What Makes This Fox Fly?

Name:  Kent Whittington

Age: 42

Occupation:  Overnight Stocker (I prefer "nightstalker") for Wal-Mart

Vocation:  Artist, Writer (winner of Nanowrimo, 2010 for his novel Crimson Cove, a Jackson Thorpe Mystery)

Location:  Orangevale, CA

Interests:  Check my Interests link at the top of the page, please.

Marital Status:  I'm in a long-term relationship with my missus, who, for good reason trust me, will not allow her photograph on my page.  Can't explain that, sorry.  I swore an oath! 

About Me:  When they write my biography,  I hope its legible,

I'm not a Californian, at least not by birth.  I was born in a small town called Montrose in the state of Colorado, to Dewey Alvin Whittington (he hated his name and refused to make me a junior.  Thanks for that, dad.  I would have made a lousy Dewey) and Kathleen Doman.  According to my mother, I was concieved on or near Disneyland, so a trip to that particular theme park is always something of a homecoming for me as well.

If there is an art gene, I get mine from both of my parents.  My father was an automotive detailer who could create nearly any sort of custom paint detail he could imagine,  His work was featured prominently in the area and he was something of a local legend in my home town as his work was always in demand.  My dad was always something of a risk taker whose intersts involved off road dirt bikes, stock car racing (not a spectator, mind you.  My dad raced!), remote control race cars, pool and spending quality time with his wife and three sons (of which I am the oldest.

Mom was the stay at home type, as my dad made enough to support the family on his own, so, she being the primary caregiver in the family, I got a lot of my encouragement from her.  Mom was definitely no slouch in the art department, and she explored many mediums in my youth.  I recall everything from ceramics to sketching in graphite and pastels to oil painting; canvas, paper, and even gold pans (it was during our time in Anchorage, Alaska, and her oil paintings on gold pans were in high demand!).  She's definitely my biggest influence as an artist.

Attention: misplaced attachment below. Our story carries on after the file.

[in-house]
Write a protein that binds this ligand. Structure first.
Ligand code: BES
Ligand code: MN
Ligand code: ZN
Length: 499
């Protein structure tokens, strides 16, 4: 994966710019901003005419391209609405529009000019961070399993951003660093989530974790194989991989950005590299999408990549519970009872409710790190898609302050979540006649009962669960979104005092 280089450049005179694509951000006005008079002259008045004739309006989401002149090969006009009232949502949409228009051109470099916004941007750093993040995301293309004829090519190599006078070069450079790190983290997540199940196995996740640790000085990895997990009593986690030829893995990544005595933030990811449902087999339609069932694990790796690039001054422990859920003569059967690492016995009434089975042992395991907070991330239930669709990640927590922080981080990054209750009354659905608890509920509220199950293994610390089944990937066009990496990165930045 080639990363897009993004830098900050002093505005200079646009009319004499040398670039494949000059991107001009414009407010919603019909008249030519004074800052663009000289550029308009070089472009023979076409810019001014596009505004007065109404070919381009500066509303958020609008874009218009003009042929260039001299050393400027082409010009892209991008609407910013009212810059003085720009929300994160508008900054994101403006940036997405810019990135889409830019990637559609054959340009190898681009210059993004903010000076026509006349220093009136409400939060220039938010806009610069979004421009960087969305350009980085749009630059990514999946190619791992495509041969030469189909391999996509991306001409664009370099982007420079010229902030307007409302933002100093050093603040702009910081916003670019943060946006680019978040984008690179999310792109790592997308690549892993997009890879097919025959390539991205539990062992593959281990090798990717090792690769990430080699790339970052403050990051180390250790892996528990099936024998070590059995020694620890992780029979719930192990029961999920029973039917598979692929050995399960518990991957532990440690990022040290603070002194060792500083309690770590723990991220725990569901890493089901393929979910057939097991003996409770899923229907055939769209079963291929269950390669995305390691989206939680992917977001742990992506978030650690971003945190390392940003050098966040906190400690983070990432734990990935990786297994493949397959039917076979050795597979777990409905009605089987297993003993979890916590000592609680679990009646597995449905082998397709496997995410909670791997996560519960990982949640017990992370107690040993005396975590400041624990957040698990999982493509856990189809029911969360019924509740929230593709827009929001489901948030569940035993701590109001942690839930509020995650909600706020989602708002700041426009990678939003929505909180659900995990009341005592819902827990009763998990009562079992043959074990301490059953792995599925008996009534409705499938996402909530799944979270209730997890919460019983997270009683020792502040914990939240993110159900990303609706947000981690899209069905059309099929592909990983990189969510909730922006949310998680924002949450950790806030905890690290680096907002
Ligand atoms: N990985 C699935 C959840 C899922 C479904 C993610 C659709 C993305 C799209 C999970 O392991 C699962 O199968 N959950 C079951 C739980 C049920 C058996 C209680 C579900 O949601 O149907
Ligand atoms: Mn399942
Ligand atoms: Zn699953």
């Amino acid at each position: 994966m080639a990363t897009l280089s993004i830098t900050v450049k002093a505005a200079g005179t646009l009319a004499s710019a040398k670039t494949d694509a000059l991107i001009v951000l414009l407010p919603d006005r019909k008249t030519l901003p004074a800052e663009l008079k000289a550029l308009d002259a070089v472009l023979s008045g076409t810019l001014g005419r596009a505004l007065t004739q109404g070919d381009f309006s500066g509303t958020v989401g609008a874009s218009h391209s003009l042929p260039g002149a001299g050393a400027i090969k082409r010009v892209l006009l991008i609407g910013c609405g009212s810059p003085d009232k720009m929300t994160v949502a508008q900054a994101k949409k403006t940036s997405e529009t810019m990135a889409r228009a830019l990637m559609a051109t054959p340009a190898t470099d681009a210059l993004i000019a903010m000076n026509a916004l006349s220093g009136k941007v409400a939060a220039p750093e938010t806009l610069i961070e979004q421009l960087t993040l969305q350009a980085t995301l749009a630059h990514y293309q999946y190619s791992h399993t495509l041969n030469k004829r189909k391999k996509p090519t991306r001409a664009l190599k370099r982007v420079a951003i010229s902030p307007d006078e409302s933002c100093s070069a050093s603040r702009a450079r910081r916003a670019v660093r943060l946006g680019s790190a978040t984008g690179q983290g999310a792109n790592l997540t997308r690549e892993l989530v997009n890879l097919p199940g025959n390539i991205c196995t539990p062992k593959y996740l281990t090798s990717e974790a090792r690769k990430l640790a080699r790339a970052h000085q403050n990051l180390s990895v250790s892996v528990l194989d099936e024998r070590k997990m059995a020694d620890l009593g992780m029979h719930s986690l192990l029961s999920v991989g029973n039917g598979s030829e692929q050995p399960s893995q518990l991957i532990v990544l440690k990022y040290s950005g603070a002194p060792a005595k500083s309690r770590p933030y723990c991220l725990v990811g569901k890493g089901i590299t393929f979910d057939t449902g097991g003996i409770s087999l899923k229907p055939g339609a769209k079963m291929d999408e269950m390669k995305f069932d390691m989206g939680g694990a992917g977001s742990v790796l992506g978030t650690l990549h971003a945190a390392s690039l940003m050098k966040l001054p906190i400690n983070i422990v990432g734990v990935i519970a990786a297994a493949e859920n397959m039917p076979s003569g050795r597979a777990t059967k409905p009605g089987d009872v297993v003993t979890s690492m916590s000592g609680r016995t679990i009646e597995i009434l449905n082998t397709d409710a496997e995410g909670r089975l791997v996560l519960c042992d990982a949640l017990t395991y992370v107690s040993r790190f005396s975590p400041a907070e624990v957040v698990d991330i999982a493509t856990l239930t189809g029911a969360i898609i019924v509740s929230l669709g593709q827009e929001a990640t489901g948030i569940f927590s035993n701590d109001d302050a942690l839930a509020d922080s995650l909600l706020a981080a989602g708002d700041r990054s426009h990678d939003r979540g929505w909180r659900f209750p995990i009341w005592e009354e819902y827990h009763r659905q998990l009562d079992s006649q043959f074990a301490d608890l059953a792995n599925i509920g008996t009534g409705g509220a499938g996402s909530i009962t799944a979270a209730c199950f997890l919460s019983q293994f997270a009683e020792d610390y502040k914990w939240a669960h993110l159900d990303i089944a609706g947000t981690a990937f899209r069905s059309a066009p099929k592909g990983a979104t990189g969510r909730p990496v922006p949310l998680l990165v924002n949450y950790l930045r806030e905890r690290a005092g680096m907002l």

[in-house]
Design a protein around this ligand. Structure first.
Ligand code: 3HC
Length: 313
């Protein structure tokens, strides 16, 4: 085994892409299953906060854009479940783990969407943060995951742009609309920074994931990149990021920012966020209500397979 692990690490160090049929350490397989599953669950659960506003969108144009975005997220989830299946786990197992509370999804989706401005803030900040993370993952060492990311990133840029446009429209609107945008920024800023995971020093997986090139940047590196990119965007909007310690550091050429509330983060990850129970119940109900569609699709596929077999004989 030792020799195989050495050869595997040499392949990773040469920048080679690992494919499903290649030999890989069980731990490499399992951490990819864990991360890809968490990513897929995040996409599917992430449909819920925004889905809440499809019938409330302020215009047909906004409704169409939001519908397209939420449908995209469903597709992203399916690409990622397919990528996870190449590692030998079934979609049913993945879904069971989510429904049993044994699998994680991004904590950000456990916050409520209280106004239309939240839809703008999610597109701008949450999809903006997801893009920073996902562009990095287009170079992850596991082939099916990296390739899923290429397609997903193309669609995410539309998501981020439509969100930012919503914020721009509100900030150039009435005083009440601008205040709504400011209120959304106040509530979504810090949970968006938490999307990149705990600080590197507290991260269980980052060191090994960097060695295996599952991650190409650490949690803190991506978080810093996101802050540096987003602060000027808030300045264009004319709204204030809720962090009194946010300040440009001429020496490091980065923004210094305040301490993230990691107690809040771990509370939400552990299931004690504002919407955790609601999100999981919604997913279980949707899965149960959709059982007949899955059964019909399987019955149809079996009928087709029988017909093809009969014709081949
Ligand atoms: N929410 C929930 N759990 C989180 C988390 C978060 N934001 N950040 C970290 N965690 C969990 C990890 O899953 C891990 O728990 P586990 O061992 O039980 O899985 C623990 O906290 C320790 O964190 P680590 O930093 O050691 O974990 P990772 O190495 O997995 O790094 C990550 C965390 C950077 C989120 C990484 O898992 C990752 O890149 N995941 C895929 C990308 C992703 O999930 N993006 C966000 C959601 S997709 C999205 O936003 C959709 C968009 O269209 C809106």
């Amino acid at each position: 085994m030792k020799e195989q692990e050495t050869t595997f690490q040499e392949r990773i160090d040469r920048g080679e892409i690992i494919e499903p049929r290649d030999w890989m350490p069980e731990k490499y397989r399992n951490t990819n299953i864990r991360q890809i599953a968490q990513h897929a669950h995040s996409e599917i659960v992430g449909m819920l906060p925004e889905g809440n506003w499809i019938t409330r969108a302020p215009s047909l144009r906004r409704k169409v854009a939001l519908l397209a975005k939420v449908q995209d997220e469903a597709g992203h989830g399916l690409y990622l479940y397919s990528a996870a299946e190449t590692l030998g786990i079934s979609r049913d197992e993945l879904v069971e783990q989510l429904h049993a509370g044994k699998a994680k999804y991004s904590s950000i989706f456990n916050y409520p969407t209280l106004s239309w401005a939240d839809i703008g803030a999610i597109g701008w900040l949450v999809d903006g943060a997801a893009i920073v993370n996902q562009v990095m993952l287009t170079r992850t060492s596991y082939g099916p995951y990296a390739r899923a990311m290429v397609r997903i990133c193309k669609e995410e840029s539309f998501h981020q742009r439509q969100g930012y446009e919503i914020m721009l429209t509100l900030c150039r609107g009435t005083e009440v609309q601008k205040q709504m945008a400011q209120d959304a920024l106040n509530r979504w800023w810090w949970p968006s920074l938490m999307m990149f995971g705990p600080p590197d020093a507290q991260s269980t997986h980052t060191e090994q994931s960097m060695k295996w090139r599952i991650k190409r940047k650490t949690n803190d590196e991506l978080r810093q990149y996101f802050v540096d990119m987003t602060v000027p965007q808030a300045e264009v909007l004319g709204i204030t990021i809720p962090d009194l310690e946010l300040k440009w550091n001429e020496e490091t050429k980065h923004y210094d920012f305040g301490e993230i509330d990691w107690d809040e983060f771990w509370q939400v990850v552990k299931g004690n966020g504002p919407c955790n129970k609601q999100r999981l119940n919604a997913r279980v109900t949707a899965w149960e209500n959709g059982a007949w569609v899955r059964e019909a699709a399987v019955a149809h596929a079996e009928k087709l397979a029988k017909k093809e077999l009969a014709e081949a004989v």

I guess my talent really started to show when I was five years old.  I had begun to develop an interest in drawing, but hadn't quite expressed it until, one night, I drew the Cat in the Hat from Dr. Seuss.  It was a little out of proportion, as a childs drawing goes, but it was a direct copy right out of the book, and a good one, if the adult's reactions around me were any indication.

Mom:  "Have you seen this?  Kent drew the Cat in the Hat?  Can you believe it?"

Dad:  "No way.  He's only five.  He couldn't have drawn that.  He must have traced it out of the book."

Mom:  "Honey, it's drawn on the back of a bingo card.  How is he going to trace through cardboard?"

That was the time when my talent began to be taken seriously.  I was a five year old child who understood form and composition, shading and depth.  That's me, Kent Whittington, child prodigy or artistic savant, take your pick.  Either way, my parents made sure all of their friends and family knew about what I could do.

From that time on, I always had a ready supply of art materials and no end of encouragement from my parents.  Mom , in particular, was alway looking for ways to broaden my horizons, always encouraging me to try new things.  I learned art in all of its facets, drawing, sketching, painting (acrylics and oils are my favorites), sculpture and crafts.  Everything was available and all things were possible.  If my parents had their way, I would be a successful artist in my adulthood.

Fast forward two years and all of that changed.  My father went out on an outing to the river with his cousins.  An avid fisherman and water recreationist as well, the plan was to have some fun on the river.  Sadly, their fun went terribly awry.

My brothers, Mike and Chad, and I had had our dinner and went to bed before my father was suppose to return.  It was dark and we had been asleep for some time when mom came in with the horrible news; my father had had an accident on the river.  The innertube he was rafting on had flipped over.  When it had he went under and smacked his head on the rocks below, rendering him unconscious.  By the time his cousins could get to him it was too late.  My father was dead.

I took my role as man of the house very seriously then.  My mother was strong, but I was the one who was with her in her darkest moments.  I was never far from her side, ready to help her in any way she needed.  It sounds kind of silly now, but I think I helped my mom deal with her grief better than anyone because we were dealing with my dad's death in similar ways.